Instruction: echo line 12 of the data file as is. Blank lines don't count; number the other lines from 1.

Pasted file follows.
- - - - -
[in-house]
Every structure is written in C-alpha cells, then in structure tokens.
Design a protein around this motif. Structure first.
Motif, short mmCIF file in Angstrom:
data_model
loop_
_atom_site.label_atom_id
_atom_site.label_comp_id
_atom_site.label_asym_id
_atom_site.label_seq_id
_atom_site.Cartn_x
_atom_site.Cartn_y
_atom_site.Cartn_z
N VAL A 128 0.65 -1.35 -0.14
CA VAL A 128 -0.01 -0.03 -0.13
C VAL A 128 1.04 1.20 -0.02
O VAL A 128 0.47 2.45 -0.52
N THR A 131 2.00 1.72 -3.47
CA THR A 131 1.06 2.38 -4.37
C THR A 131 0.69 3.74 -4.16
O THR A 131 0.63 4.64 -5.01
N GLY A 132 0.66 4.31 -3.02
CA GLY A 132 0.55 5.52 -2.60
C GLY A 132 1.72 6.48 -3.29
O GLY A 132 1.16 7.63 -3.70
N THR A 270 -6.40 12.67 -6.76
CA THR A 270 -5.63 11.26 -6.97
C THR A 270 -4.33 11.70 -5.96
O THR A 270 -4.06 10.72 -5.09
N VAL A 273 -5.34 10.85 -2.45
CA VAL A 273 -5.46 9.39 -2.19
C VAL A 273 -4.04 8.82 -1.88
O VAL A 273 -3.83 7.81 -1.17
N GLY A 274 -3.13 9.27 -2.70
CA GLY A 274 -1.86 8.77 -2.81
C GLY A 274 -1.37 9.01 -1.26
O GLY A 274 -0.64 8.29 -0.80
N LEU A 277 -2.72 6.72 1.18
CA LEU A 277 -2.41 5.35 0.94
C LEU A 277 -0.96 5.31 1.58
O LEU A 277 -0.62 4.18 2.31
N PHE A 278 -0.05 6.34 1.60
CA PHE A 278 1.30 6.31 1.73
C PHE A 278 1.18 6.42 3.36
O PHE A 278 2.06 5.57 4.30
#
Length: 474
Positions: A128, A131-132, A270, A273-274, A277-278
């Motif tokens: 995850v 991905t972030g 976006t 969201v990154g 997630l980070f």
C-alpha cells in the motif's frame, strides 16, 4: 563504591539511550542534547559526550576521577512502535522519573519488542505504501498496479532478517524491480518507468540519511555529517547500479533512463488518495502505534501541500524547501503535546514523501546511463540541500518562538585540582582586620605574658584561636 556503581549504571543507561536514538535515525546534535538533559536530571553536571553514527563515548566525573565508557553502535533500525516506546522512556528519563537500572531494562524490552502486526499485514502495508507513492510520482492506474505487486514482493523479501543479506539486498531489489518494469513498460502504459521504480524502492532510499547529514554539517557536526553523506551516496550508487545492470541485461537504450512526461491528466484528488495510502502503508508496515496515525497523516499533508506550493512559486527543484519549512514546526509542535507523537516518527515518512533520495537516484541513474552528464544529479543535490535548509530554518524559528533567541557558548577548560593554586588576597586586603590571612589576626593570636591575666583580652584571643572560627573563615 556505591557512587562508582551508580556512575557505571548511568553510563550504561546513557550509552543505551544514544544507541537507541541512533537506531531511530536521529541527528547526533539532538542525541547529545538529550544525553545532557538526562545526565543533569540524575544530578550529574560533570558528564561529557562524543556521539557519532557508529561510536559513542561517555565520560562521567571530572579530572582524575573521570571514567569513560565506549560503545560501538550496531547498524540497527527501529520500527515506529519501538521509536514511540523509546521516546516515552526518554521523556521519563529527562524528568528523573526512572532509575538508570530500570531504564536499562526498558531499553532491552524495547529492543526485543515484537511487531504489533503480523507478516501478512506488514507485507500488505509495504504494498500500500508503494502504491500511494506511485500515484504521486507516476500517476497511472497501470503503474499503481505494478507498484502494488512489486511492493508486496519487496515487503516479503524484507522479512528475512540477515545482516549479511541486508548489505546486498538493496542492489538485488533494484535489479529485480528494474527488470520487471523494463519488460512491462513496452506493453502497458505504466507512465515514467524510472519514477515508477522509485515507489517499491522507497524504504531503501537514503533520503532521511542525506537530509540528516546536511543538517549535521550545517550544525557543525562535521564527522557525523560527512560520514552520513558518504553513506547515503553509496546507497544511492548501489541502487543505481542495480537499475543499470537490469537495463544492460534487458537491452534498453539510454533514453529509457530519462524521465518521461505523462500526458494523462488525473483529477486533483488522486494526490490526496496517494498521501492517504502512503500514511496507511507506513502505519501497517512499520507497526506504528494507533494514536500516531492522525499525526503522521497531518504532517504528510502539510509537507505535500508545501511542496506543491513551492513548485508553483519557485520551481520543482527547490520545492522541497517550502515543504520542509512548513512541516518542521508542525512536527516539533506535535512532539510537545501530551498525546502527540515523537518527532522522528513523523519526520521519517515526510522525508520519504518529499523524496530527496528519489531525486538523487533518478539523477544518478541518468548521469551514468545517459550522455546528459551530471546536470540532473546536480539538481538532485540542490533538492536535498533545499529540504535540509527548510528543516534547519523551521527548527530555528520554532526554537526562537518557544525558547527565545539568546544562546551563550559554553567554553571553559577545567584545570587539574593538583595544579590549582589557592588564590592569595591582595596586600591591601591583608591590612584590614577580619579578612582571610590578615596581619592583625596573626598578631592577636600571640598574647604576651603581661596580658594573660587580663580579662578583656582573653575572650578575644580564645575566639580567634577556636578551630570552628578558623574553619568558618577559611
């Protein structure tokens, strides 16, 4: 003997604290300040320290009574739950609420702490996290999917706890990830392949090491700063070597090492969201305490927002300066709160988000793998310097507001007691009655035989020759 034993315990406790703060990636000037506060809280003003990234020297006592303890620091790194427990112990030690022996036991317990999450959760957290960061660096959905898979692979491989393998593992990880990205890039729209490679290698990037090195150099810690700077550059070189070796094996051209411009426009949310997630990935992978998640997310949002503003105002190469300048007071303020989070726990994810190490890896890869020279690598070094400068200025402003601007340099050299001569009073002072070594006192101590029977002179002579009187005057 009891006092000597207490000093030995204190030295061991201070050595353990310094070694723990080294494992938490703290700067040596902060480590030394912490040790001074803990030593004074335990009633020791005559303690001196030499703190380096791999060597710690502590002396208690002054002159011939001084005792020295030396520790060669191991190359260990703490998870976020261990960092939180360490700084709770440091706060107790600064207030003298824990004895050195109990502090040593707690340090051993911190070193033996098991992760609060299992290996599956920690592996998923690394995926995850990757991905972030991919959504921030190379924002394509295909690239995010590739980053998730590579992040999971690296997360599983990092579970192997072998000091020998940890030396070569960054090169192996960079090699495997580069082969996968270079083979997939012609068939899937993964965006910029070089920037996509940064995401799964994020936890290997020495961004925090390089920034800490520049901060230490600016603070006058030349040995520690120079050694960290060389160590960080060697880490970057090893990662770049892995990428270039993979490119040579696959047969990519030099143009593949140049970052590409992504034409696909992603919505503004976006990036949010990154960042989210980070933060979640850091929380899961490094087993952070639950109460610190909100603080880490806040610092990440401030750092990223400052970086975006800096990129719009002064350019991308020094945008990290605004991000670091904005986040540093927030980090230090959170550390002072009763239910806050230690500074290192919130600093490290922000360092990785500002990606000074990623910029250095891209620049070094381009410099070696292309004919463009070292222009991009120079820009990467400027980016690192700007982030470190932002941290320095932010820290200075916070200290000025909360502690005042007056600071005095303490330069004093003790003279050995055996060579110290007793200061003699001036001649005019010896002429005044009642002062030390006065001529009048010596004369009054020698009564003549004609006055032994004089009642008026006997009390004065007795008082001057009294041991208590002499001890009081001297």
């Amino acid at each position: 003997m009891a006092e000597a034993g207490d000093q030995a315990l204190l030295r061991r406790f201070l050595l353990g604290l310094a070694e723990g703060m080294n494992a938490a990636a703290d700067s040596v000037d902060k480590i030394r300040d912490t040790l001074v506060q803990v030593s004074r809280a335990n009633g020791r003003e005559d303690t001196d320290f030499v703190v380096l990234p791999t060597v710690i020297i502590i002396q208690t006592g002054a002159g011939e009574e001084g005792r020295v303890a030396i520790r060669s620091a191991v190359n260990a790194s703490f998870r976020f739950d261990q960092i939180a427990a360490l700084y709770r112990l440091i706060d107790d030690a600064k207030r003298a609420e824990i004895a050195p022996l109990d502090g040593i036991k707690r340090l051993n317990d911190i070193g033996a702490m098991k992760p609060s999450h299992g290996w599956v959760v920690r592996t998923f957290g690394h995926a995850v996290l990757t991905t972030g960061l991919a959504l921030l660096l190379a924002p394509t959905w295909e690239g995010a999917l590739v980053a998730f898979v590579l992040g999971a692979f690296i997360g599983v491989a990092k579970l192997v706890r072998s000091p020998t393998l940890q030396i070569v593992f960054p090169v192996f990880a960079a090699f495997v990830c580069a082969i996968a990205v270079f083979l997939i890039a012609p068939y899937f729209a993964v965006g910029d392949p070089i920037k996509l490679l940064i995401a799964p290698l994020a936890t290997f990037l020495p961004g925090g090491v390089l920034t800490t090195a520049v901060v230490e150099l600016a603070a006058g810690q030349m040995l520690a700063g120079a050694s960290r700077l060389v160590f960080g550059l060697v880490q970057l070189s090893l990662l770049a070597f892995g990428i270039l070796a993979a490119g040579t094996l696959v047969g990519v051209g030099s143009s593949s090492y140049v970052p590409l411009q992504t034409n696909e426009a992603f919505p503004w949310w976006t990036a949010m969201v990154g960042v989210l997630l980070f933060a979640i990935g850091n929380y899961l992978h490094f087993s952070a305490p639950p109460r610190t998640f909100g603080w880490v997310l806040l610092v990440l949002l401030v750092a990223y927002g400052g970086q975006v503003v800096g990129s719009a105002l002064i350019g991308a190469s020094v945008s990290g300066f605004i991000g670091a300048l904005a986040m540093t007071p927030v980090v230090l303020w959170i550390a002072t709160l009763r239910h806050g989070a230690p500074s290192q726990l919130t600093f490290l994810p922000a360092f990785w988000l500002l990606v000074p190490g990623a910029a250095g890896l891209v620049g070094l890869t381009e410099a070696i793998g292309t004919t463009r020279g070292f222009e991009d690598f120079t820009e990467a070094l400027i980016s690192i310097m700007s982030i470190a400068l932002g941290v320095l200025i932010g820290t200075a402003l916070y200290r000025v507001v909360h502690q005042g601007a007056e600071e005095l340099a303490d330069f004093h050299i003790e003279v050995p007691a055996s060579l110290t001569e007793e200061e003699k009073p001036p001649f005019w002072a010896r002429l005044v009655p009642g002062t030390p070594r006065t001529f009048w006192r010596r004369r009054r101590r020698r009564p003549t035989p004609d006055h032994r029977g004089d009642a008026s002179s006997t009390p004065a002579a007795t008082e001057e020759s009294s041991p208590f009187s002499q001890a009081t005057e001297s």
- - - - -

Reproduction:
_atom_site.Cartn_y